University of Vermont to Join FAA's ASSURE Consortium

October 4, 2019

UoVM
Research conducted by UVM’s Spatial Analysis Laboratory (SAL) will help the Federal Aviation Administration set guidelines for the safe use of drones during disasters. Pictured with drones are members of the SAL team, including (left to right) Emma Estabrook, a graduate student in Natural Resources; Benjamin Greenberg, Environmental Sciences major; Jarlath O’Neil-Dunne, director of the SAL; Vivian Karins, Environmental Sciences major; and Kelly Schulze, a staff member at the lab. Other students will also be involved.
Photo by Brian Jenkins
UVM Will Conduct Research to Help Agency Develop Policy for Safe Use of Drones During Disasters and Times of Crisis.

As the popularity and usage of unmanned aerial systems (UAS), commonly referred to as drones, continues to grow, keeping the nation’s airspace system safe has become a critically important goal for the Federal Aviation Administration.

To help accomplish that objective, the University of Vermont has joined the FAA’s Alliance for System Safety of UAS through Research Excellence, or ASSURE, alongside 23 of the world's leading research institutions and 100 industry and government partners. Consortium members together provide the expertise and infrastructure needed to help the FAA conduct the research and testing necessary to make laws that keep the skies safe.

As part of the FAA’s Center for Excellence, the University of Vermont’s Spatial Analysis Laboratory will research the use of drones in disaster situations, providing the agency with data for their safe operations in times of disaster.

“UVM’s Spatial Analysis Lab has been a critical resource for the State of Vermont and local communities that need new tools to plan for and recover from disasters,” said Senator Patrick Leahy (D-Vt.) “I’m delighted that they will be lending their expertise to ASSURE, which has a vital mission to develop research in crucial areas that inform decision makers at the FAA about the rapidly changing UAS landscape.” As the vice chairman of the Senate Appropriations Committee, Leahy has increased funding for the FAA’s Center of Excellence for UAS Research over the past two fiscal years and included guidance for the Center to expand its work around disaster recovery.

“The airspace during an emergency or disaster has always had rescue and media helicopters,” said Jarlath O’Neil-Dunne, director of the UVM’s Spatial Analysis Laboratory. “Today the space can also become crowded with drones – from the fire department, state and federal agencies, the media, even the person down the street who wants to shoot a YouTube video. UAS are an exciting new technology that could revolutionize disaster response, but there is a lot of work to be done if we are to employ them in a safe and effective manner. We look forward to working with FAA and our partners in ASSURE to help advance UAS for disaster response.”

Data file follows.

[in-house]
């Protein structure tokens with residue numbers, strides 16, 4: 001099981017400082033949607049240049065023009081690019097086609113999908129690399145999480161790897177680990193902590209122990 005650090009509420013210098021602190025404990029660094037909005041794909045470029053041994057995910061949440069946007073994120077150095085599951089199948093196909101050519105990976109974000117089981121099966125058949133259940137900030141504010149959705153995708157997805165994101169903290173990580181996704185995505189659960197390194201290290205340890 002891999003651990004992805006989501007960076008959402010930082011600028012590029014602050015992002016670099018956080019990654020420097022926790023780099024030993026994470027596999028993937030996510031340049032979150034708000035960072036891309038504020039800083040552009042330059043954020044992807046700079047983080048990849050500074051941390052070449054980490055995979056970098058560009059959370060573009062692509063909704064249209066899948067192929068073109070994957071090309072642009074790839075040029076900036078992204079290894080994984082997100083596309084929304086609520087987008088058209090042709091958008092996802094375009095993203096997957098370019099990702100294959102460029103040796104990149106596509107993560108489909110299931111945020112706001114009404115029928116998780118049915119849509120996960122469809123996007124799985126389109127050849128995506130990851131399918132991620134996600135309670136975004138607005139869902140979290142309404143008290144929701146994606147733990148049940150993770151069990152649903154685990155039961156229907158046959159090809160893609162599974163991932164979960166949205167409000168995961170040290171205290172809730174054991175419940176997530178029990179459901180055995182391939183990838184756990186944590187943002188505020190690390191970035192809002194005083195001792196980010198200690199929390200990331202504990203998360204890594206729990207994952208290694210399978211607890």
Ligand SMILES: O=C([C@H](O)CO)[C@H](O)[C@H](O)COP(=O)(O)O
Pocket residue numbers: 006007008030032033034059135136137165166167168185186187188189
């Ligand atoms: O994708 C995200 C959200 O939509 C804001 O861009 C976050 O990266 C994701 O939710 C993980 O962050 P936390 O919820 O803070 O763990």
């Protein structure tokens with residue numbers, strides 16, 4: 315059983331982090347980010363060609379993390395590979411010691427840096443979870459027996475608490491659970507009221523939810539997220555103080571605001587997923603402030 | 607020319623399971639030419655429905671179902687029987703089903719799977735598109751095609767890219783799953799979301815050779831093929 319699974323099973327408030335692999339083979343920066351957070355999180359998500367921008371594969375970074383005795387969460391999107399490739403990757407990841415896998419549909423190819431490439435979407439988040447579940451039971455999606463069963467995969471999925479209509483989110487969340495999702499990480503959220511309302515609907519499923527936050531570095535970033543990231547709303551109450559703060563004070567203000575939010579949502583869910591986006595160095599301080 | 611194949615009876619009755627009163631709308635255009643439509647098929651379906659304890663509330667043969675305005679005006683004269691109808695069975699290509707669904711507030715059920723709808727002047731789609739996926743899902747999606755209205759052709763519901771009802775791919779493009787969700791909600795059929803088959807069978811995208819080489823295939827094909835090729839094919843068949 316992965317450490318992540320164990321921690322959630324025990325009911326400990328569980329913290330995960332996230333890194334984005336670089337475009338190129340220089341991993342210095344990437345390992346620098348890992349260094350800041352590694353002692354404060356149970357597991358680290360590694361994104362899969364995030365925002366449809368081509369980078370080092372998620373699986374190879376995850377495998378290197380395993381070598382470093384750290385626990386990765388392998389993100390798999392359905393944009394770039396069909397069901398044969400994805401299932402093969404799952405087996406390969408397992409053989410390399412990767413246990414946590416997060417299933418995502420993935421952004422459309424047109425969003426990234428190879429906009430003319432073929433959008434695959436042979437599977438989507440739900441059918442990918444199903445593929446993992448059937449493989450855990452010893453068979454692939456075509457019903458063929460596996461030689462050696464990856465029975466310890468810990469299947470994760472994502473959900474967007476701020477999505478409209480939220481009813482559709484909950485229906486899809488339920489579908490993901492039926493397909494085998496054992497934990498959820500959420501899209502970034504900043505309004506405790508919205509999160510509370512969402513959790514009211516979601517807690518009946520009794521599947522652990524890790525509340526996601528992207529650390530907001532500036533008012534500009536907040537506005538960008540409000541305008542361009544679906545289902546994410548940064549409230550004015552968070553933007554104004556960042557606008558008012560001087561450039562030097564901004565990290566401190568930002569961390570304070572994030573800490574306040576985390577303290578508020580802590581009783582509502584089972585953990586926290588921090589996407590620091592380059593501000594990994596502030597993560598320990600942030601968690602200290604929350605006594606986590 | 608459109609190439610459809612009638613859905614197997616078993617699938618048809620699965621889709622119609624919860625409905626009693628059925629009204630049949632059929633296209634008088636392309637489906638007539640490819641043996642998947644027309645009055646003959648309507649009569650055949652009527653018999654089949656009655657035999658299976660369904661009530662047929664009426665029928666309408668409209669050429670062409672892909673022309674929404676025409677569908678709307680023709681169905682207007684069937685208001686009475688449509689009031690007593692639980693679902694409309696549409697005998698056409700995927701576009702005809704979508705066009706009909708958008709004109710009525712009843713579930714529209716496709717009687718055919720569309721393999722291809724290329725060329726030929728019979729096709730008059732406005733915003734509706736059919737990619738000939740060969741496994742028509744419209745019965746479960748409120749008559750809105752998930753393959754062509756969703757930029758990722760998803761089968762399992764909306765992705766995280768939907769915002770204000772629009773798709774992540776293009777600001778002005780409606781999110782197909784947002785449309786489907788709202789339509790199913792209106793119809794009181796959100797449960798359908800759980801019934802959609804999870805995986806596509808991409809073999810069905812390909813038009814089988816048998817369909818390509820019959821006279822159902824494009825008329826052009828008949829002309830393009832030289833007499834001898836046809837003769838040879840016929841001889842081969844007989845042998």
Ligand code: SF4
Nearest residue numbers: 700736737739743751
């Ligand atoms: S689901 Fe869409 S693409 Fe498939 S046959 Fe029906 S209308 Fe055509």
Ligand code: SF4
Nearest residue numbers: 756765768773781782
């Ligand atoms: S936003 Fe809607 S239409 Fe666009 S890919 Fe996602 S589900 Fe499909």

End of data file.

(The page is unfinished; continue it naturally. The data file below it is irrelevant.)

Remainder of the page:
“This partnership is a good fit for UVM,” said Richard Galbraith, vice president for research at the university. “Our Spatial Analysis Laboratory pioneered the use of UAS in monitoring emergencies and disasters in 2013. We have learned from experience how much this fast growing area of drone use needs regulation and oversight to prevent redundancy and keep everyone safe.”

Since ASSURE was established in 2015, the agency has worked alongside the FAA and manufacturers to provide guidance in creating a regulatory framework for drone use. Since then, ASSURE members have helped the FAA establish policy and training in areas ranging from air traffic control to flight over people and beyond line of sight.

“We’re thrilled to welcome the University of Vermont into the ASSURE network,” said Stephen Luxion, ASSURE’s executive director. “The university’s expertise in the incorporation of UAS during emergencies and disasters is extensive and will provide excellent use cases, as well as critical training and recommendations for the safe integration of UAS into our daily lives.”

The Alliance for System Safety of UAS through Research Excellence (ASSURE) consists of 25 of the world’s leading research institutions and more than 100 leading industry/government partners. ASSURE members are core to three FAA UAS test sites, lead four FAA research centers, have seven airfields and a fleet of 340 UAS – 24 more than the USAF. ASSURE’s goal is to provide the FAA with the research it needs to efficiently integrate UAS into our National Airspace System.

Written by Jeffrey Wakefield
University of Vermont